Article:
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Let's look at the following scenario: institution X holds a webinar, and after it is finished sends a follow-up email to all the participants leaking their email addresses in the CC field of the email message.

After that, I receive a new email saying that the data is leaked and they want each one of the participants delete that particular previous email.

After one more day, they ask for the confirmation that the participants deleted the email.

Is there any legal way institution X could enforce the participants of the webinar delete that particular email? What happens if a participant does not delete it? What if they save it first in a file and deletes the email? Is such a confirmation really needed/mandatory?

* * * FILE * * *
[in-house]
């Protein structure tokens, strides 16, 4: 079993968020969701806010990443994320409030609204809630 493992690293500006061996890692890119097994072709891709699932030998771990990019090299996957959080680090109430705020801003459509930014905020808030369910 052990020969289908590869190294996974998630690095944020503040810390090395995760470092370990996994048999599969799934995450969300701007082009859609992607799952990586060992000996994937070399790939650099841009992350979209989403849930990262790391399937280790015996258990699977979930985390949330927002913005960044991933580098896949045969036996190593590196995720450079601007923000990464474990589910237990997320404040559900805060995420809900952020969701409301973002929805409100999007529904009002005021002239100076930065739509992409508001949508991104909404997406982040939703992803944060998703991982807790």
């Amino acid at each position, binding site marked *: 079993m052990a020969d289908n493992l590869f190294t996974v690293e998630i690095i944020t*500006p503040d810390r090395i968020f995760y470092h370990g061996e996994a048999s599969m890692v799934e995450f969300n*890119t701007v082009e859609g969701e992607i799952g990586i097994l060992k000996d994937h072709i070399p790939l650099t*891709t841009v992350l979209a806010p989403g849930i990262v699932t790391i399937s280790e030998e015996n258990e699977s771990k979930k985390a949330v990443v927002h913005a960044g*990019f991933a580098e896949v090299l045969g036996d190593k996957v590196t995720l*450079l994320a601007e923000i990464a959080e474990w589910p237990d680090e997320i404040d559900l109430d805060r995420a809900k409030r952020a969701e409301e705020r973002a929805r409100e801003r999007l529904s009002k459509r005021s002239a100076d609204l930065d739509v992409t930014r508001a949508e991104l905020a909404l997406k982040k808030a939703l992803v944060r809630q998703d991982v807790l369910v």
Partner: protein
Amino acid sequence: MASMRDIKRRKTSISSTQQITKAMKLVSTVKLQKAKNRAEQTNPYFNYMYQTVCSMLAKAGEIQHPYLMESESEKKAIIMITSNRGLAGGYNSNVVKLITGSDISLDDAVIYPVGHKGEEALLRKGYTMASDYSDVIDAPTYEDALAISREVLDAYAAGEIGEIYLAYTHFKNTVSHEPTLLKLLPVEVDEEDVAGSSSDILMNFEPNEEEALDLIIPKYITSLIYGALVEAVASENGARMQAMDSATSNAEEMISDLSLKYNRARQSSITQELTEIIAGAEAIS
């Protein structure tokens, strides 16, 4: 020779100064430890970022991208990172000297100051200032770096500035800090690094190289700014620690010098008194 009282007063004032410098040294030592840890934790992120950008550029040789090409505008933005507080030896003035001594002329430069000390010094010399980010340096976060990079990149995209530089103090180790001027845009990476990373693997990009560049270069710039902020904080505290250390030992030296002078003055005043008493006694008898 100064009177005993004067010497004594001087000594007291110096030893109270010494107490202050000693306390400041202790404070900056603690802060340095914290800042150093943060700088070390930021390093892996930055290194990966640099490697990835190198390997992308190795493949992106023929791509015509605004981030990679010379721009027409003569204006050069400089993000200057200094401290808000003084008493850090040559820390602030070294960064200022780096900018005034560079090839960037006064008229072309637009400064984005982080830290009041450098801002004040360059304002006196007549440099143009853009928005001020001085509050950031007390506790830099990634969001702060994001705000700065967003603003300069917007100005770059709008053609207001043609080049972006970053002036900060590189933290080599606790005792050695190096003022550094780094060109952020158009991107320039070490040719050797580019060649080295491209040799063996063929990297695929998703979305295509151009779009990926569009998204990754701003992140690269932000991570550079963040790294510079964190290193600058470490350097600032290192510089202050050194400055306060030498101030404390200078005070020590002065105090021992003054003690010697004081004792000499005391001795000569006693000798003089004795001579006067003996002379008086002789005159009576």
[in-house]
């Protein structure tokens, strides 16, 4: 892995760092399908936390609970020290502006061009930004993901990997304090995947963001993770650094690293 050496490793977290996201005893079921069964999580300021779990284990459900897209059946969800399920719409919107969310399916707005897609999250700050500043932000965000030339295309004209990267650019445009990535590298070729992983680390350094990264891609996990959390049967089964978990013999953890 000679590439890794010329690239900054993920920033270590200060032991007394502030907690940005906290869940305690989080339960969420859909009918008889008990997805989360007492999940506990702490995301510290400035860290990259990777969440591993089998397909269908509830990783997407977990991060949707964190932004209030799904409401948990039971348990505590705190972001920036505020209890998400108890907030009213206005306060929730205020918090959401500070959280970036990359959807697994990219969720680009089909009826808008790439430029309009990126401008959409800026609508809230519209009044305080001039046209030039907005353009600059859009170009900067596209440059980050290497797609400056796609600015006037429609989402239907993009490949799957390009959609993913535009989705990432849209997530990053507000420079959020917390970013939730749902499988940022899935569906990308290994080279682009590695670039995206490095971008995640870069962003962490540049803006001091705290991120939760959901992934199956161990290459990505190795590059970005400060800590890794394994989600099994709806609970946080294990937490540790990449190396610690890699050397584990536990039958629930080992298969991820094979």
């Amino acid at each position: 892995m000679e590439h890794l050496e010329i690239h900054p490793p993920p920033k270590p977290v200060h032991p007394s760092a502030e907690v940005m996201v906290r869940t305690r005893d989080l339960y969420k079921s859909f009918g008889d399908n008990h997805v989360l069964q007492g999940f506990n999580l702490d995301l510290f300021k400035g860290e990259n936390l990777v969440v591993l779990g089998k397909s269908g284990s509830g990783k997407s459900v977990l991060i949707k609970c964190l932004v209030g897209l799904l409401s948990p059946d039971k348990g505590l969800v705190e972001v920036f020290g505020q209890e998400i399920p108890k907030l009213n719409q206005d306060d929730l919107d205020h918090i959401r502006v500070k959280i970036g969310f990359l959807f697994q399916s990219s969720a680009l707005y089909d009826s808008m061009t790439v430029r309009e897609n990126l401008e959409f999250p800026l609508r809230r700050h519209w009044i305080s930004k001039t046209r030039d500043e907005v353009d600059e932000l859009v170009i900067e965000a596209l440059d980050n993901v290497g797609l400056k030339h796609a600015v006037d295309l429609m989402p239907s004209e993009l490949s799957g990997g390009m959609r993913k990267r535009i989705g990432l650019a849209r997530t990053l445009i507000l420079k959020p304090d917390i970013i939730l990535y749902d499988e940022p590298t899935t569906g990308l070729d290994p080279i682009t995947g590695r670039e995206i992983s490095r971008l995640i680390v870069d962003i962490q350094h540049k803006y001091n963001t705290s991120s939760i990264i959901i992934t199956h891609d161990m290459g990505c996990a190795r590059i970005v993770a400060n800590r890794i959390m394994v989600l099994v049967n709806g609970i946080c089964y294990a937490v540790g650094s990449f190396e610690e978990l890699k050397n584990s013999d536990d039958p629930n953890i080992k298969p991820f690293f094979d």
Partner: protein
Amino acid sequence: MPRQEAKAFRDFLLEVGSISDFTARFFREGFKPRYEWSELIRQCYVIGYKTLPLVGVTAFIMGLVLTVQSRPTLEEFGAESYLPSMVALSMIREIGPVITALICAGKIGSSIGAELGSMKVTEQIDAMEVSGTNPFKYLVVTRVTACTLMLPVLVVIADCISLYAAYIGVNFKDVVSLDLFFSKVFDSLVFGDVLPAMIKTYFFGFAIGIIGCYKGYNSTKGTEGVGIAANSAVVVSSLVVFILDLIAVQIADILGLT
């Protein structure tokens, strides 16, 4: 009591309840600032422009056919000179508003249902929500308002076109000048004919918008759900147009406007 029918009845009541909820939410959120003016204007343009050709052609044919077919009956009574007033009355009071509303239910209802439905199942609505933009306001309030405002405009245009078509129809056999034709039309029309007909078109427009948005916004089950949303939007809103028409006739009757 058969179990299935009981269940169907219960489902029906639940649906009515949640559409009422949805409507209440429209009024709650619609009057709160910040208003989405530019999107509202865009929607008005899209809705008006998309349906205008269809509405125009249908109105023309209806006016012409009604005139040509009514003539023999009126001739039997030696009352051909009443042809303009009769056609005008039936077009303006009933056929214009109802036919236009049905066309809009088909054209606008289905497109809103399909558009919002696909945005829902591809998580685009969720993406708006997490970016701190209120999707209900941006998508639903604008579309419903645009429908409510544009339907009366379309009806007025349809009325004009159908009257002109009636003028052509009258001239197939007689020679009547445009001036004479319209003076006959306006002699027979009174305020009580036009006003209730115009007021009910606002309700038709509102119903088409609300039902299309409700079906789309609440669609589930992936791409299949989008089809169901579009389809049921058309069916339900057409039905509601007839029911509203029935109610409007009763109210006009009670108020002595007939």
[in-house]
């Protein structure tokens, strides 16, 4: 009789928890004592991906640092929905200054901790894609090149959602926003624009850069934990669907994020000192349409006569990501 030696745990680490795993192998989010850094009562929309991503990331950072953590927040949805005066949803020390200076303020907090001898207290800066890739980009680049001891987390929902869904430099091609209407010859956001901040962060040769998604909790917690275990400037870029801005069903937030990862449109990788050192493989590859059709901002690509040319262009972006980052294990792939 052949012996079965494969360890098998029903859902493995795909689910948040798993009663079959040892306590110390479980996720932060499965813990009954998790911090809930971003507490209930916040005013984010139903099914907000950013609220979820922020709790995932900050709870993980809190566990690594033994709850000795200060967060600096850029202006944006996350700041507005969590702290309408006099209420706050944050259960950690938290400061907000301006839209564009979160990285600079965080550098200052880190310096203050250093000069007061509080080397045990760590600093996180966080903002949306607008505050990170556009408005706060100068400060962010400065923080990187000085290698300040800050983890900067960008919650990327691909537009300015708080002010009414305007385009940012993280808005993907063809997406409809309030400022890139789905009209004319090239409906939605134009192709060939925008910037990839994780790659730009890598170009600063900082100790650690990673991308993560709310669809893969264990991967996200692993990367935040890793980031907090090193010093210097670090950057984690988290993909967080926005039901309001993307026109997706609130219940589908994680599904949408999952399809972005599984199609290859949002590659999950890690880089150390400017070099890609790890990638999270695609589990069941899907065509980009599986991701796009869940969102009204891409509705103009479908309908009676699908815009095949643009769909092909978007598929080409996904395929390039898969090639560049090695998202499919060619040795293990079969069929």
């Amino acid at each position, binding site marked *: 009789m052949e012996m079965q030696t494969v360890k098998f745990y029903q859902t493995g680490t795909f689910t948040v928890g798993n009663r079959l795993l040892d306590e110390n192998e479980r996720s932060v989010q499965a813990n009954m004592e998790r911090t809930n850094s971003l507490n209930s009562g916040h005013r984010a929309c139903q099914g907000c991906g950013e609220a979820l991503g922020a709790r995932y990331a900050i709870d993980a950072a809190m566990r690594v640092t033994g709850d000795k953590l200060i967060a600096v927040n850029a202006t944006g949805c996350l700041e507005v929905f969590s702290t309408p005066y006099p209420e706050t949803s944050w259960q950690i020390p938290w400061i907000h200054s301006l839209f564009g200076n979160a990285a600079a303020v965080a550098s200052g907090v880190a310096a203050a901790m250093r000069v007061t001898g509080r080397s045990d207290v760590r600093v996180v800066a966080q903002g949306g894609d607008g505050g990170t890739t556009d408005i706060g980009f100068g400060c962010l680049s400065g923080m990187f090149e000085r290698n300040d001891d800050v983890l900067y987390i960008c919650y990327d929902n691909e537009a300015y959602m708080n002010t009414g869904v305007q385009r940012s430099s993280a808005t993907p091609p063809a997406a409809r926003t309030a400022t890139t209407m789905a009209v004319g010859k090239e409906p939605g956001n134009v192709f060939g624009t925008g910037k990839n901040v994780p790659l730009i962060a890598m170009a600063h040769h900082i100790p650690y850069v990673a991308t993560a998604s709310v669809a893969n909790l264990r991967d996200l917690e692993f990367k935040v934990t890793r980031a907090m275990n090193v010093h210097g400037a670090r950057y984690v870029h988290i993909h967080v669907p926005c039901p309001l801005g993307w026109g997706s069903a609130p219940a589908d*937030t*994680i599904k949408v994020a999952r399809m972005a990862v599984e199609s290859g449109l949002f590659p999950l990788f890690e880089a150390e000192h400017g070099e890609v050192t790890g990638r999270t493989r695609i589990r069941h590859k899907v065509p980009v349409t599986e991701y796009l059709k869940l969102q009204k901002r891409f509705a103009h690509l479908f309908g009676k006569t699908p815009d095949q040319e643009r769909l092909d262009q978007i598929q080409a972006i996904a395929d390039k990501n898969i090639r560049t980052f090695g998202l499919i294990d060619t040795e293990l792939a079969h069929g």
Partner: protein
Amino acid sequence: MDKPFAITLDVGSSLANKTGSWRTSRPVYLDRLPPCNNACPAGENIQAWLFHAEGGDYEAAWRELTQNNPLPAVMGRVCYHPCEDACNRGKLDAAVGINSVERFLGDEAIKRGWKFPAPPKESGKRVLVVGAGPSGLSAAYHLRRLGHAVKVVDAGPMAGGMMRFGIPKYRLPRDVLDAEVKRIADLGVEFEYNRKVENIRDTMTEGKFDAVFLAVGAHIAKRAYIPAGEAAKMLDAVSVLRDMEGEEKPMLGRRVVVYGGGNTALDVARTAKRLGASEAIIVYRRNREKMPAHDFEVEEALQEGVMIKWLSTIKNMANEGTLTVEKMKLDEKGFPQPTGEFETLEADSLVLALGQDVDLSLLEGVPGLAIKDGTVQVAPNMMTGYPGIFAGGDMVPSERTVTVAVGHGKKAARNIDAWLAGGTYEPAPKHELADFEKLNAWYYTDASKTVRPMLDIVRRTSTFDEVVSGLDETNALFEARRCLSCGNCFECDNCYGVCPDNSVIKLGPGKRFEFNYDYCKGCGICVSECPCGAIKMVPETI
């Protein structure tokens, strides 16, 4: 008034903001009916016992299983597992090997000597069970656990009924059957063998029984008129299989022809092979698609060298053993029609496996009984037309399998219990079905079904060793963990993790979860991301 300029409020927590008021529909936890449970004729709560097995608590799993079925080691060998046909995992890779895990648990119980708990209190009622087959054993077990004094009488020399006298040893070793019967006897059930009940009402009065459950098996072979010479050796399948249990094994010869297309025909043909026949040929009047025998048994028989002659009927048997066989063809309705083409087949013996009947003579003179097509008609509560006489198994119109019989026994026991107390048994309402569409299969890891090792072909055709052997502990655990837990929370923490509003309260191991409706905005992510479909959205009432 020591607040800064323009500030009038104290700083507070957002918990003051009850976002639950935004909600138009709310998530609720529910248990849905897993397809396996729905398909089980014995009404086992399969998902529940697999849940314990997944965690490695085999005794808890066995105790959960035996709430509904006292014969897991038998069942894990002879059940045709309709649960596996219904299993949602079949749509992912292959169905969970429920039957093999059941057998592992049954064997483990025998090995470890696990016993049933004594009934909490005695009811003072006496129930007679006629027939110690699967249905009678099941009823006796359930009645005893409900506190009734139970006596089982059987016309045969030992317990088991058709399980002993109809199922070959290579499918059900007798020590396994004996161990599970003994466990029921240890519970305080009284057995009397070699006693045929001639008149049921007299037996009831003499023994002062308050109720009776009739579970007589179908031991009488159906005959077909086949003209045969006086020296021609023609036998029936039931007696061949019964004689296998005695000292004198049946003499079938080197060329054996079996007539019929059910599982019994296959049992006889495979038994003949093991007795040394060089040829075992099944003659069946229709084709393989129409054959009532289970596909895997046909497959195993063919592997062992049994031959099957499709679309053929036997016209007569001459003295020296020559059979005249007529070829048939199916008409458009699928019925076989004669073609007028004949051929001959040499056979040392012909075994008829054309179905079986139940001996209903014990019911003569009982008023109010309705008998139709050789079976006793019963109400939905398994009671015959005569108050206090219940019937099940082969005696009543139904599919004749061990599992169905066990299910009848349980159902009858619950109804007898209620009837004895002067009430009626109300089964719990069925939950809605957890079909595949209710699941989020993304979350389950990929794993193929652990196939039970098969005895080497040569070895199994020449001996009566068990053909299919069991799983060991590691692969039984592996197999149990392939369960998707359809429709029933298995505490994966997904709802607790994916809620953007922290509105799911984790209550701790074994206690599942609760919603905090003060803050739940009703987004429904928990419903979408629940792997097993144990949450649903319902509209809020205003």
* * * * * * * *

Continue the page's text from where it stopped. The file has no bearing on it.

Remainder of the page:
If it helps, we could consider the European Union as the place where this happened, but I would be interested what would be the case in the United States.

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  • Is such a confirmation really needed/mandatory? I would think that X is following the required steps after a data leak, they are just trying to show "due diligence". If someone (the Data Protection Authority) inquires about this data breach, they can show "we warned everybody who received the list, these are the ones who have answered that they deleted the email and these are the ones who have not." Being proactive about a data breach ensures a way softer stance in case there is a risk of sanctions. – SJuan76 Sep 18 '20 at 8:48
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    And of course, those e-mails are PII and as such you should not keep them. It is dubious that anybody will bother you if you just keep them in your inbox, but if you use them for anything you can be asked how did you get them, and "because X's mistake" may hurt X but it is not going to protect you. The fact that you received X's request for deletion (and specially if you told them that you deleted the email) can work against you because it would show bad faith. – SJuan76 Sep 18 '20 at 8:50

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